Many women going through the change are often left wondering: can menopause cause a fever? Let’s talk about this question so that you can know exactly what to expect.
Sometimes during menopause, women may mistake a hot flash for a fever.
If you actually take your core temperature, you’ll notice that you don’t have a fever, you just feel hot. Your skin temperature will be very warm, up to a couple of degrees warmer than your core temperature, but it’s not a true fever.
However, menopause can cause fever. There is something that occurs, usually in perimenopause, that I like to call the hormonal flu. When your hormones are transitioning in perimenopause and you have too much estrogen on board and not enough progesterone, you can actually feel like you have the flu. Symptoms may include body aches, chills, and even a fever. However, you don’t actually have a virus. It’s more of an inflammatory reaction, due to your hormones being so drastically out of balance.
When you’re in perimenopause or menopause, you may not have the period to show for it, but these fevers do seem to have a cyclical effect. Oftentimes, if you’re taking bio-identical hormones, you may notice that the “flu” only occurs when you skip your hormones for a few days.
So yes, in a sense, going through menopause can cause fevers, but just remember that it’s an inflammatory reaction.
Menopause can also aggravate autoimmune conditions, as well as suppress your immune system because your estrogen levels are so low. This can cause stealth viruses or intracellular bacteria to actually surface and cause you to have recurrences, which may lead to fevers. In that case, it’s the microbes that are causing the fevers. However, it’s menopause that makes you vulnerable to the resurgence of these infections.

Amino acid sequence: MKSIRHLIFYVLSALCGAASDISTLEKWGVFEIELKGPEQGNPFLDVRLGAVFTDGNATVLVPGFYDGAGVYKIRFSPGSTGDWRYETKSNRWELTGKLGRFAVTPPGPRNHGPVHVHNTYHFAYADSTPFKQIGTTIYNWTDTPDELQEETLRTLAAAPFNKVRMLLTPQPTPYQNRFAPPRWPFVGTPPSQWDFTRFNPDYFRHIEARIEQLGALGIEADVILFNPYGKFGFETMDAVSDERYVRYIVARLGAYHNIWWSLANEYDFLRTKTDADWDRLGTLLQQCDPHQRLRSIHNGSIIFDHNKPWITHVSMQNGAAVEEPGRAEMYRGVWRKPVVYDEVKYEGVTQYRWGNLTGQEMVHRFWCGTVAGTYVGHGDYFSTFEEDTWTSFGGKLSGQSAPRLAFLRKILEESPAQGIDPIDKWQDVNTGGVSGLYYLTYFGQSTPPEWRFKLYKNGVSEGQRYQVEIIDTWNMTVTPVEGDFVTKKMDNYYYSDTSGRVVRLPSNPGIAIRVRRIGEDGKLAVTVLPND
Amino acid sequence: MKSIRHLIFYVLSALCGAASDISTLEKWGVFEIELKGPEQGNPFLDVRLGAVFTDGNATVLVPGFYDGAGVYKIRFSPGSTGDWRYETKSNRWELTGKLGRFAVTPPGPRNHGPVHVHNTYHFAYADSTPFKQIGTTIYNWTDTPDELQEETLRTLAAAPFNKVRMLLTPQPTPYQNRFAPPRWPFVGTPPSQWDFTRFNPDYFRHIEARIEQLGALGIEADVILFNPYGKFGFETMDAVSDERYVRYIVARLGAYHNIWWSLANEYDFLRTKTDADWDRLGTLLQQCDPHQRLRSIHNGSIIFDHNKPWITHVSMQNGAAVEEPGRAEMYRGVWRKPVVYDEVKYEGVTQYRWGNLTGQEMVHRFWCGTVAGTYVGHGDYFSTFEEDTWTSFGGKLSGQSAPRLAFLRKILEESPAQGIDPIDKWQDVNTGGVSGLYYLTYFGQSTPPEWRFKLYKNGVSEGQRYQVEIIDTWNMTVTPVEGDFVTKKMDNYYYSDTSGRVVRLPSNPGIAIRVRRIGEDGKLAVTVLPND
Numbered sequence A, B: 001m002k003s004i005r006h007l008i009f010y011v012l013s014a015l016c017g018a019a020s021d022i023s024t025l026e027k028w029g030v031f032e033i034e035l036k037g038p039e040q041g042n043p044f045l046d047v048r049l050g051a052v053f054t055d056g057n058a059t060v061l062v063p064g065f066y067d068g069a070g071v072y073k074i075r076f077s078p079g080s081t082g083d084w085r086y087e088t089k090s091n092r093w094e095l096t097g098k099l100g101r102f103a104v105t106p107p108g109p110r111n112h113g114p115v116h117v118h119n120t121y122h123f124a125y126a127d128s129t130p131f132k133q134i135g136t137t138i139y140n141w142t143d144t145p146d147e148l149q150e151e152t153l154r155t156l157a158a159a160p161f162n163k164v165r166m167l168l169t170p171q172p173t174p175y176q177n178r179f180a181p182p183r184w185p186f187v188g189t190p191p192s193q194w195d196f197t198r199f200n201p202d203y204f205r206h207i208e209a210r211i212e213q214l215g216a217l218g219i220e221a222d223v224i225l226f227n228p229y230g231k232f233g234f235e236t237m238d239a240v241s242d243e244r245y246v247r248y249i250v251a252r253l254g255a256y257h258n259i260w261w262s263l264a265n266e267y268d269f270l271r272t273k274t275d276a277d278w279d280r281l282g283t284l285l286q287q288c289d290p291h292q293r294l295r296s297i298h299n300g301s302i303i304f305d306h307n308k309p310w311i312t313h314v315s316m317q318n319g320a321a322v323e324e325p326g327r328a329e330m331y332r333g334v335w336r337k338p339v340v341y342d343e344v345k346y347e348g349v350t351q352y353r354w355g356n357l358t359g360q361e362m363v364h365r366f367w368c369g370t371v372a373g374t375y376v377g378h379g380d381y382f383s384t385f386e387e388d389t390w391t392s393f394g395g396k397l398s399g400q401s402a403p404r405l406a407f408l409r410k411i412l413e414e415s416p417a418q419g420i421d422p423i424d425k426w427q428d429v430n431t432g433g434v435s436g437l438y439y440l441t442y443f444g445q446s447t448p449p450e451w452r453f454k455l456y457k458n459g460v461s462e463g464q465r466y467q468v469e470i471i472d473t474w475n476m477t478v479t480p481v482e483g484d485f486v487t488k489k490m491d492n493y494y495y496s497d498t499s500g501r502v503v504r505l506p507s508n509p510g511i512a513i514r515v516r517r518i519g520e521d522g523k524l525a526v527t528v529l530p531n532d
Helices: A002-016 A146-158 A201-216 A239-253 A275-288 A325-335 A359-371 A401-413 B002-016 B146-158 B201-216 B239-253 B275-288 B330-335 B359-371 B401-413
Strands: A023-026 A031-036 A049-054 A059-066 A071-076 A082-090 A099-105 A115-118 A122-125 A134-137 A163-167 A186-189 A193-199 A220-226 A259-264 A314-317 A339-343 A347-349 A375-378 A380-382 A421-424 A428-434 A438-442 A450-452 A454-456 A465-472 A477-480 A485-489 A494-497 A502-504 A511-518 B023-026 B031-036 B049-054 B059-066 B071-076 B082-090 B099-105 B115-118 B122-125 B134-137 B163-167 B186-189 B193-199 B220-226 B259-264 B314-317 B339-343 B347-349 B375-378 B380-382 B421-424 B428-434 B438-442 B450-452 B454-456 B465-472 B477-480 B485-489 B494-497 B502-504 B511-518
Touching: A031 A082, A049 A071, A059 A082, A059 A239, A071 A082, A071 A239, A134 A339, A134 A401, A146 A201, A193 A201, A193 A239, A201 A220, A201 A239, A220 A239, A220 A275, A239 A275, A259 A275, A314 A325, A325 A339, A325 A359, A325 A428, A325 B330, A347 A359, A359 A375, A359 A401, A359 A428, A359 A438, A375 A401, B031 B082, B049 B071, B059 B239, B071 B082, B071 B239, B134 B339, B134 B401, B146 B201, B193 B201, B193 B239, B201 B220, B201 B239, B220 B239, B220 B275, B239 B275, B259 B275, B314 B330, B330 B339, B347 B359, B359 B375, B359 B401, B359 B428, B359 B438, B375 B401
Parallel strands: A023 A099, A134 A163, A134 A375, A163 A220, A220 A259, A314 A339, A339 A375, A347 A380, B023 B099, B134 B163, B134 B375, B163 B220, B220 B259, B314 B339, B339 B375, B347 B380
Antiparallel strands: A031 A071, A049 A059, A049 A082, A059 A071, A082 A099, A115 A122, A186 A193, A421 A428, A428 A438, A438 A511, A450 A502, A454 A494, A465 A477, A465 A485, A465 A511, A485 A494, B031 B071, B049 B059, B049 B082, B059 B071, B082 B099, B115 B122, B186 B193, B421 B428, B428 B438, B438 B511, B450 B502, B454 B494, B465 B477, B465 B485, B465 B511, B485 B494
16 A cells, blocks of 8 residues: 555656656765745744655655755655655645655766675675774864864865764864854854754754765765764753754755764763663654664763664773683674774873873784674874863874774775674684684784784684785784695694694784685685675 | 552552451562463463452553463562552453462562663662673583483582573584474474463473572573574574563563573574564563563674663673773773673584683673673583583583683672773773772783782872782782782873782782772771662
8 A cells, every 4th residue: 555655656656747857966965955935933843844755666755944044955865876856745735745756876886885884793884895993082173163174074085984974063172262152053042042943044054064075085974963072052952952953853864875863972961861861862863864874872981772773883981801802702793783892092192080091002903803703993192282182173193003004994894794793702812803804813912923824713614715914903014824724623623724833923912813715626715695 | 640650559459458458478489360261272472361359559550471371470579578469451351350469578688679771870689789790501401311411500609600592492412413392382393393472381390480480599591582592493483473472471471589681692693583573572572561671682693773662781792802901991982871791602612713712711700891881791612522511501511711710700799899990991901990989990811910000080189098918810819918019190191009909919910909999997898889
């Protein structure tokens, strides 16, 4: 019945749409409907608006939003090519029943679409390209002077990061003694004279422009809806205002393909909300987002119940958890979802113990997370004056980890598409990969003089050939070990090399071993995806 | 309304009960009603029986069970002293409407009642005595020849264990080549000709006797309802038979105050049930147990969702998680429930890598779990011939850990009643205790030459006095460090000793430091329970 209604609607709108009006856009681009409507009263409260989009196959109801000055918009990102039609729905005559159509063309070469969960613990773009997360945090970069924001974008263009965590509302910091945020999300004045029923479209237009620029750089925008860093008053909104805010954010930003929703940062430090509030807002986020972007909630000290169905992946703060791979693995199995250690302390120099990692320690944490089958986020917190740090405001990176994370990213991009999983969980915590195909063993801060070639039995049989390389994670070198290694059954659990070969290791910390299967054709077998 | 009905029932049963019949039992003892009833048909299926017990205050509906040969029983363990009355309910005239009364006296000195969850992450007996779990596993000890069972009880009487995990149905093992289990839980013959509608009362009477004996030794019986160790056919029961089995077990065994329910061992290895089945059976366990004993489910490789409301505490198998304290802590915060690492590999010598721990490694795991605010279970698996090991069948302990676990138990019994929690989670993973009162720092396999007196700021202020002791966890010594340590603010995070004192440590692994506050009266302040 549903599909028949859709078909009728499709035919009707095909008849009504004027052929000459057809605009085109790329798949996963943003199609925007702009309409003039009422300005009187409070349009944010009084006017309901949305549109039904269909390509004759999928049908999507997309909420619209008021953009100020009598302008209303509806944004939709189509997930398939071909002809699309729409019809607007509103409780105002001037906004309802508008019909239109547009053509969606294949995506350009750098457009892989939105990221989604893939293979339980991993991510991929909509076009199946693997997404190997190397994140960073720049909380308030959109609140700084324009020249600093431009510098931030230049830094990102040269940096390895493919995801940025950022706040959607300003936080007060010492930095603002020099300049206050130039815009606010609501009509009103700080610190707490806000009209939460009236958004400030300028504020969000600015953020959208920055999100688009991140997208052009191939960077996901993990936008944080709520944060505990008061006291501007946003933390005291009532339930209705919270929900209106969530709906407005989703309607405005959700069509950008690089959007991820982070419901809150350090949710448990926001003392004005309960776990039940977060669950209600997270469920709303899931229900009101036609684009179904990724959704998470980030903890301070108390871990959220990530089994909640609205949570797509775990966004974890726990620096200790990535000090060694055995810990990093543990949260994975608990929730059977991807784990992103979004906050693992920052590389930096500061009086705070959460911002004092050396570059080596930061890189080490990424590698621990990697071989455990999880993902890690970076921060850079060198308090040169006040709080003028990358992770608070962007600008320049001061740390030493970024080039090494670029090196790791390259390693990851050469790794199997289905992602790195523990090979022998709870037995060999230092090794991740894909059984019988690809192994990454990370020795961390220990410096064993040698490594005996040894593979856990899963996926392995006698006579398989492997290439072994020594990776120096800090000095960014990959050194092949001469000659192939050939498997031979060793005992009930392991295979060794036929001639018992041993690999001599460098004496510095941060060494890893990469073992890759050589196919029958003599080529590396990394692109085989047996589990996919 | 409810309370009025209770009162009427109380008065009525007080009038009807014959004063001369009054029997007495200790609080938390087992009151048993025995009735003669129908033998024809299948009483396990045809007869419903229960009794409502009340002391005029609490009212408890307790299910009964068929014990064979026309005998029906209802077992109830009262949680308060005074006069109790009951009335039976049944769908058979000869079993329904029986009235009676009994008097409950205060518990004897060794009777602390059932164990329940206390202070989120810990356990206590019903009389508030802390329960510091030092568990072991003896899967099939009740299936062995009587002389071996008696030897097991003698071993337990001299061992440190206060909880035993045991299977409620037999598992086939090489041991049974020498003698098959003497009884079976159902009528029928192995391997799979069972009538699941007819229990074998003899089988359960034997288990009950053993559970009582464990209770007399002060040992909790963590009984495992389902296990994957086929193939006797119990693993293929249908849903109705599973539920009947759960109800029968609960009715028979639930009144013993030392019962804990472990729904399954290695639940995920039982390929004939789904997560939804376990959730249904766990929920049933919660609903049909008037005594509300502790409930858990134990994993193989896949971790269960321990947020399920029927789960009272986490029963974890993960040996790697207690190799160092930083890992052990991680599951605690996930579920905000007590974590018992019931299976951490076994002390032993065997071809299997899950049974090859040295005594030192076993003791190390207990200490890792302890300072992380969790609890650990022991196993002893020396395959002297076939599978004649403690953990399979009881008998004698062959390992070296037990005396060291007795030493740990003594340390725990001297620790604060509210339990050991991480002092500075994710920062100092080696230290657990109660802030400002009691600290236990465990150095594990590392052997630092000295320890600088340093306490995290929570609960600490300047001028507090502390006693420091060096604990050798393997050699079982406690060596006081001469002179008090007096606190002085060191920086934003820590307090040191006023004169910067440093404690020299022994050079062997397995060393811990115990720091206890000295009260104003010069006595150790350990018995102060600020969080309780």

Remember, it may be easy to confuse a hot flash with a fever. You may feel like you’re burning up, but you don’t actually have a fever when you’re taking your core temperature. Because menopausal women tend to have a lower metabolism, they usually have lower core temperatures.
How do you know what your core temperature is?
You can’t rely on the temperature of your skin, because when you’re having a hot flash, your skin will be incredibly hot. I recommend that my menopausal patients check their core temperatures by taking their temperature orally. An oral temperature will be the most accurate measure of your core.
There are a lot of crazy symptoms that come with the change that is not typical, and oftentimes, you don’t get any sympathy from those around you who don’t understand these atypical symptoms. If you’d like some support, please join us in our hormone support group, which you can access through our Hormone Review Training